A new website has been launched by the European Bathroom Forum in its push for a single water labelling standard across the EU.
Its launch coincided with World Water Day, which took place on March 22.
Bathroom manufacturers across Europe are aiding governments in the quest to reduce water consumption by producing technologically advanced bathroom products that use less water, save energy and money.
The Water Label scheme is aimed at providing consumers with easy access to a database of bathroom products that meet high water and energy saving standards.
It also aims to create a label that helps both installers and consumers become more aware of water issues and water saving products currently on the market.
Yvonne Orgill, chief executive of the Bathroom Manufacturers Association (BMA), which is a partner to the scheme, commented: “Our vision is for a European-wide label. We are looking to achieve a voluntary agreement within the industry and hope to reach 80% of the market, based on how much water will be saved.”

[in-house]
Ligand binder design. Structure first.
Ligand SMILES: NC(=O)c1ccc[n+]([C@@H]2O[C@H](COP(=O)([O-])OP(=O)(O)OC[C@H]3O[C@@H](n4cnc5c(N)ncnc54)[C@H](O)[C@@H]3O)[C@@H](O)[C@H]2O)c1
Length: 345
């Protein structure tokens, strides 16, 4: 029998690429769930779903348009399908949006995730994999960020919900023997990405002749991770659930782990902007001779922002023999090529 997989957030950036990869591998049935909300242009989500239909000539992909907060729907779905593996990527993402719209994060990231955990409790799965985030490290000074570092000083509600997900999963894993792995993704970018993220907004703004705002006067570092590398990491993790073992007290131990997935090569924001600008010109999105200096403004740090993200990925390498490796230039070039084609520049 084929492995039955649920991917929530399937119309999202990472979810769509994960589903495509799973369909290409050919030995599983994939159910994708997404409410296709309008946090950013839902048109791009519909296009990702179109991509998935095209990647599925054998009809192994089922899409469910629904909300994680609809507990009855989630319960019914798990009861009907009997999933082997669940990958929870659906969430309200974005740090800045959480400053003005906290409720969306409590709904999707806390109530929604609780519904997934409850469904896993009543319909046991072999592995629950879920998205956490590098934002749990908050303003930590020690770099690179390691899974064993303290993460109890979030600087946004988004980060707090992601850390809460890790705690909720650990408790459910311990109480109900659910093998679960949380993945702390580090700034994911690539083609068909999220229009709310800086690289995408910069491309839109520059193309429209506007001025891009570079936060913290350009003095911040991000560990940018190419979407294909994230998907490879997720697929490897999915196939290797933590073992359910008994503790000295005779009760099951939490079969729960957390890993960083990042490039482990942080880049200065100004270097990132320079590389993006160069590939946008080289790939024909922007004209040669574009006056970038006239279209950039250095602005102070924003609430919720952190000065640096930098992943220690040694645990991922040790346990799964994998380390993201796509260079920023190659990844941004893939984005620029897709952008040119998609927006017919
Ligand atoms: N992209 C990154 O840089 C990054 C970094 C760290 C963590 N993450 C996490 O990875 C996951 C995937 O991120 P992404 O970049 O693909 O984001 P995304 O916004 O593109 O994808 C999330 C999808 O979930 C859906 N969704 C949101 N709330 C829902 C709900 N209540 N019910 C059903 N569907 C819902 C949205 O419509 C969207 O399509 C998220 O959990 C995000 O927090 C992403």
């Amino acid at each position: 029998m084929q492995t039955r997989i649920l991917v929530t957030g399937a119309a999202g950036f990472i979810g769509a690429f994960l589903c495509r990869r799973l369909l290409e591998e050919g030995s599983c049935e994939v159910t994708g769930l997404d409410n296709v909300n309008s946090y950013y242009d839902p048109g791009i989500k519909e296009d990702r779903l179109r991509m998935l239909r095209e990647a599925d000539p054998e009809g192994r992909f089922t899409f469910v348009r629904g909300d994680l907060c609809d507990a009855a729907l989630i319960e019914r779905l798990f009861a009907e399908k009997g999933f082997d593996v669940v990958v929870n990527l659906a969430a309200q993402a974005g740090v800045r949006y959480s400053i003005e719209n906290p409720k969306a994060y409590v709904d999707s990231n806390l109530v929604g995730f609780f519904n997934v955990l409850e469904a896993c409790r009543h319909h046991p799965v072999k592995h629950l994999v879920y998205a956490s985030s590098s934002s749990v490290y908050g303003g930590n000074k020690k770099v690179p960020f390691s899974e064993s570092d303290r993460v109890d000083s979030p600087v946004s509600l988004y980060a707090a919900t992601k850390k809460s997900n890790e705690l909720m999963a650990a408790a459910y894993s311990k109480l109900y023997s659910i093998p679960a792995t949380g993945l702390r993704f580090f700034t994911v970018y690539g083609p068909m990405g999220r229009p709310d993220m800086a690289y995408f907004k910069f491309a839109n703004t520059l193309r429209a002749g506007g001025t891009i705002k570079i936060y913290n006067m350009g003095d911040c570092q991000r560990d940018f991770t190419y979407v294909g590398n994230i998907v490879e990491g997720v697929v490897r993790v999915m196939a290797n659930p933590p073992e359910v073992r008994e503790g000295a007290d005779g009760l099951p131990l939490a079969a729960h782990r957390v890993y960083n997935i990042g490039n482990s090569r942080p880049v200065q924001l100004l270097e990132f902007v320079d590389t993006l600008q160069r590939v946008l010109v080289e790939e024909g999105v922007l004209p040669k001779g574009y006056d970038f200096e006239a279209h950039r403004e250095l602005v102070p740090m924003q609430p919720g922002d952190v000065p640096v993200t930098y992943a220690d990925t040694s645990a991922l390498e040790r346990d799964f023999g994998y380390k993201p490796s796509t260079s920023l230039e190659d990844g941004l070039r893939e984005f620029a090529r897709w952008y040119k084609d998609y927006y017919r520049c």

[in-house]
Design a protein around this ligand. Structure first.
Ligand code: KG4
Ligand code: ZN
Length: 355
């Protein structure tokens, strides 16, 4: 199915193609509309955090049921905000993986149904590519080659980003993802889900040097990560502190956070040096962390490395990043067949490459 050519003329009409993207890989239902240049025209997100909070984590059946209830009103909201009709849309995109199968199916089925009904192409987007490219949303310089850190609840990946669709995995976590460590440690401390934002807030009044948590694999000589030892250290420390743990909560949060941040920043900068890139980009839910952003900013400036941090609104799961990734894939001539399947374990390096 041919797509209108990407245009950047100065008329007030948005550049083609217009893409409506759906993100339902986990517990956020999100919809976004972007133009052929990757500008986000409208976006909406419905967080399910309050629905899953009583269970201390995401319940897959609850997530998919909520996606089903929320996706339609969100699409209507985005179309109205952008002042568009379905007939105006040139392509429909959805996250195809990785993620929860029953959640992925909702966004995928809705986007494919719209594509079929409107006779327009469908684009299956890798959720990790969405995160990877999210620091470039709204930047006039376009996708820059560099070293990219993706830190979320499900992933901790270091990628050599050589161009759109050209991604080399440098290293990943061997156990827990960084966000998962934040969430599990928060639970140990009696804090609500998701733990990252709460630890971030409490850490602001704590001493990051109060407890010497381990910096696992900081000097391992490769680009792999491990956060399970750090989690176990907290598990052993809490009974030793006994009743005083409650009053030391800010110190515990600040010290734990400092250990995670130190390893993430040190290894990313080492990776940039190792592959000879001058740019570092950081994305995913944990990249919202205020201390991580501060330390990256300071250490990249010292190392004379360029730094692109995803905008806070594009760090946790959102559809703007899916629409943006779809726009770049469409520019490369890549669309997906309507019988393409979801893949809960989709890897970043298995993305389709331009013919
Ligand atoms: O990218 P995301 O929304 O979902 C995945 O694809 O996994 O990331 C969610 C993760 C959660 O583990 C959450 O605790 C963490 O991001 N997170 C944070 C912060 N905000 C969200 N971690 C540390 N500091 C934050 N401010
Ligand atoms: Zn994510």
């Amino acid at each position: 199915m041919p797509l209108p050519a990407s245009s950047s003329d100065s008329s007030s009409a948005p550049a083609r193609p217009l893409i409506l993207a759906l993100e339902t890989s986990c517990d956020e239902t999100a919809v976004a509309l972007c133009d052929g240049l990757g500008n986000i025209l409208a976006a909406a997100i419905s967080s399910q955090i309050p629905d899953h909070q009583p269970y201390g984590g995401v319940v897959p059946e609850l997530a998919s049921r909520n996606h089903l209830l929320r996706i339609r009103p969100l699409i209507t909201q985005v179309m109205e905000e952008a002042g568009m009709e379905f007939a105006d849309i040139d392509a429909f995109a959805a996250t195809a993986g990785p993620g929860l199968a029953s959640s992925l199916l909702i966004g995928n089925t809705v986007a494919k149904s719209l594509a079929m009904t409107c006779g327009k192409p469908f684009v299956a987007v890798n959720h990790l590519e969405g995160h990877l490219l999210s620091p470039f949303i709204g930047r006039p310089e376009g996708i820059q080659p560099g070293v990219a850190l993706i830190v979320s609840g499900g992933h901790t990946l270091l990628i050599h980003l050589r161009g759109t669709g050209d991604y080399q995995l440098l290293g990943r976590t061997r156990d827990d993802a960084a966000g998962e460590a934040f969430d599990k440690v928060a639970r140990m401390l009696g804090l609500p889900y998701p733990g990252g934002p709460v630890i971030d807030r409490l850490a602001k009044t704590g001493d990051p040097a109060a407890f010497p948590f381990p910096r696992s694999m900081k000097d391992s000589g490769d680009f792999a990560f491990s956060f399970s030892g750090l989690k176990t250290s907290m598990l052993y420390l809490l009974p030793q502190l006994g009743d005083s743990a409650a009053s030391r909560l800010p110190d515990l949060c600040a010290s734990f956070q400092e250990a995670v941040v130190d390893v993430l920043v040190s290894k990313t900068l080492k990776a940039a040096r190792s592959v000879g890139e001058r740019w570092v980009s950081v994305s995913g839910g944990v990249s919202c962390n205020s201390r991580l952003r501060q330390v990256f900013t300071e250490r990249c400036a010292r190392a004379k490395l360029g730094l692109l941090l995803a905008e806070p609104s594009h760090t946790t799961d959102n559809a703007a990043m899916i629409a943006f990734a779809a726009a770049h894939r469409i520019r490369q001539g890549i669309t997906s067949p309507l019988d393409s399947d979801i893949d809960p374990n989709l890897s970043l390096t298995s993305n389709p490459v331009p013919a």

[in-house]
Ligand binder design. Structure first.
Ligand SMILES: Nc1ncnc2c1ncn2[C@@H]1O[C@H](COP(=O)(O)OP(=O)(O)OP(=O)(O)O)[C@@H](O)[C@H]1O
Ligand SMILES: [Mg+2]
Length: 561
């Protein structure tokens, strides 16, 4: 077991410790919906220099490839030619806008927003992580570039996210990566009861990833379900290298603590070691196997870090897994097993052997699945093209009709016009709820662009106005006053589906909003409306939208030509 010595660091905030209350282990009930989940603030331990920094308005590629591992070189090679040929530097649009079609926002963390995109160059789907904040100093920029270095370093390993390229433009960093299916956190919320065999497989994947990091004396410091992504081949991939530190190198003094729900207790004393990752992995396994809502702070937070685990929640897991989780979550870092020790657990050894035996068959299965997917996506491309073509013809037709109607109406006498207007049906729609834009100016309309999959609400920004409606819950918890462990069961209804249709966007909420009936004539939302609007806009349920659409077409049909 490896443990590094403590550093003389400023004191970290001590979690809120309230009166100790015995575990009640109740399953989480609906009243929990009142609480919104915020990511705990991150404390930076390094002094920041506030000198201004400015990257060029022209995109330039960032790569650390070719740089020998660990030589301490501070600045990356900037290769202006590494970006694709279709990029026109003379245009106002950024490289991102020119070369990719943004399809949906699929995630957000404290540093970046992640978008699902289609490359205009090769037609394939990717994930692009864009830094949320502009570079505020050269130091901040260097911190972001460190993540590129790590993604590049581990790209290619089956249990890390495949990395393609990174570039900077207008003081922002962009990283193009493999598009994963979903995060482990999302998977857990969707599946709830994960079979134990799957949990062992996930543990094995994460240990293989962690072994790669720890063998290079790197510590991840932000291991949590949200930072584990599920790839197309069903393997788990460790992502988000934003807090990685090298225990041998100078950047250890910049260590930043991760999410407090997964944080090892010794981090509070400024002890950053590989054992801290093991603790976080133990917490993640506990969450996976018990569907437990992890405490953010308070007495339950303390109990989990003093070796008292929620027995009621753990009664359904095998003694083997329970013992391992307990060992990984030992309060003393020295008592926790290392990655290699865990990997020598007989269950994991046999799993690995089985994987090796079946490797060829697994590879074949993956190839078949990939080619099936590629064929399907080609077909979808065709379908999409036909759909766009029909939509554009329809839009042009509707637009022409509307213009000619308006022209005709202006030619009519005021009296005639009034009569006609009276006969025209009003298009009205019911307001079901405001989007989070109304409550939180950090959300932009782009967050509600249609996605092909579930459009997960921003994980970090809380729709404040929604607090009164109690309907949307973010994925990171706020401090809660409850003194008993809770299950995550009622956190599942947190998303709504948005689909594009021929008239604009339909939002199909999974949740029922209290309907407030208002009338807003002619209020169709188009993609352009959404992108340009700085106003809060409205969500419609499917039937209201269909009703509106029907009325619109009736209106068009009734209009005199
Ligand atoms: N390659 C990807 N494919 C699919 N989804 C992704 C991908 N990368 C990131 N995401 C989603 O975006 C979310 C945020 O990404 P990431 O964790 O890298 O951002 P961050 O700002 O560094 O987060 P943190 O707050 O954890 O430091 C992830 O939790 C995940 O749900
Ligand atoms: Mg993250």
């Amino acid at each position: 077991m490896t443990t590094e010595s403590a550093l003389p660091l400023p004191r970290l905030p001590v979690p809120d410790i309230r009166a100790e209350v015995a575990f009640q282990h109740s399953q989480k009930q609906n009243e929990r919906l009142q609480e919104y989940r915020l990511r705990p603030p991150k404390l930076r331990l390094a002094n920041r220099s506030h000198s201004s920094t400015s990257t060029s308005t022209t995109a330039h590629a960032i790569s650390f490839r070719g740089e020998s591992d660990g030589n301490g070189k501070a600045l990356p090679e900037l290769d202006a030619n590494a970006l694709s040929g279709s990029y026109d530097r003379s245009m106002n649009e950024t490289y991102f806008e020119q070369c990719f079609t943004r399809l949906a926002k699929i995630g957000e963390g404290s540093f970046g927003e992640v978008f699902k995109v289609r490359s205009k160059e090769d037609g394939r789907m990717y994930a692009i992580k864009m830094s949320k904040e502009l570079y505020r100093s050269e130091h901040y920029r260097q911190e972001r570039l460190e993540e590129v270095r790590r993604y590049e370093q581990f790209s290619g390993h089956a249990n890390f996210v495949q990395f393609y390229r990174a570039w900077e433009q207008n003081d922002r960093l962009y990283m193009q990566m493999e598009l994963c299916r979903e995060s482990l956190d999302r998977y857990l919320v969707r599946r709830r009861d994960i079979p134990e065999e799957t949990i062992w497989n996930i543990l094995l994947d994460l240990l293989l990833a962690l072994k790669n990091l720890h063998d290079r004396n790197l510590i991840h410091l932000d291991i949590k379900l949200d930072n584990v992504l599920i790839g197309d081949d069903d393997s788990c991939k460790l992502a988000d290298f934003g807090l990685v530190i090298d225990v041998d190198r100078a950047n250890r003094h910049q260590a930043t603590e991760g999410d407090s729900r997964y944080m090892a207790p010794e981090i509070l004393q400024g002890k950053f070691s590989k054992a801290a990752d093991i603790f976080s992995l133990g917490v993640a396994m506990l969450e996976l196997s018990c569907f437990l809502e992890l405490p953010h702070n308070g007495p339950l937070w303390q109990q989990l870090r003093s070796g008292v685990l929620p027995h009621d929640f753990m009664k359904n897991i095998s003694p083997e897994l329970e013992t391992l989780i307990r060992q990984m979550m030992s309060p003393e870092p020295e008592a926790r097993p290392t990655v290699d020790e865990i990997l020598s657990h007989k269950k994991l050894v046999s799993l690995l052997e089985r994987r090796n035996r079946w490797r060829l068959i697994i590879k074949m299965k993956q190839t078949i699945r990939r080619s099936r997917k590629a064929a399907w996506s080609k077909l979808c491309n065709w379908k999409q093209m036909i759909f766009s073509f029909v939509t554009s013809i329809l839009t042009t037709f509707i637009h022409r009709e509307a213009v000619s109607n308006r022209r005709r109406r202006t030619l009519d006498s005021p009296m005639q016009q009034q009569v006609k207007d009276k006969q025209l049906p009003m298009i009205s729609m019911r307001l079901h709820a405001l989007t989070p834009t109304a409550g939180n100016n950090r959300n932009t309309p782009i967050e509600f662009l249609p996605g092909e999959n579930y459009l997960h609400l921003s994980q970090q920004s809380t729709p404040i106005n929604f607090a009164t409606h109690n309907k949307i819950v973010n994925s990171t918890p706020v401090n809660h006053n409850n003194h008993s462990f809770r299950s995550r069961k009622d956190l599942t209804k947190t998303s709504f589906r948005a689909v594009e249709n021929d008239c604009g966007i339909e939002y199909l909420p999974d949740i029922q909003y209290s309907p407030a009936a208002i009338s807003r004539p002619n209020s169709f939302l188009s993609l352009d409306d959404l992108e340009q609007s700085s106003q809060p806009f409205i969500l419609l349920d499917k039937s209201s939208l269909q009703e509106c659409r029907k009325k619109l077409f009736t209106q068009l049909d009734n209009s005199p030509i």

She also revealed that Keele University would be undertaking the environmental modelling for the scheme, with EU funding.
“There is a great deal of support for a Water Label across Europe,” she said. “The Government has been conducting research with Waterwise and the water utilities to look at a mandatory label, while Michael Gove stated his position clearly at the Water UK City Conference earlier this month, warning water companies that continued failure would lead to tougher regulation ensuring consumers receive the service they deserve – and the natural world is better protected.
“Those registering on the Water Label Scheme are demonstrating their voluntary commitment to sustainability and reduction of water use. As scheme partners, our role will be to promote the Water Label within the industry and educate consumers to look for the label as a guide to buying sustainable products that conserve water, while saving energy and money.”
The scheme currently has the support of 138 brands, with a total of 10,801 products between them. European manufacturers pay a fee to join the scheme, which covers all products.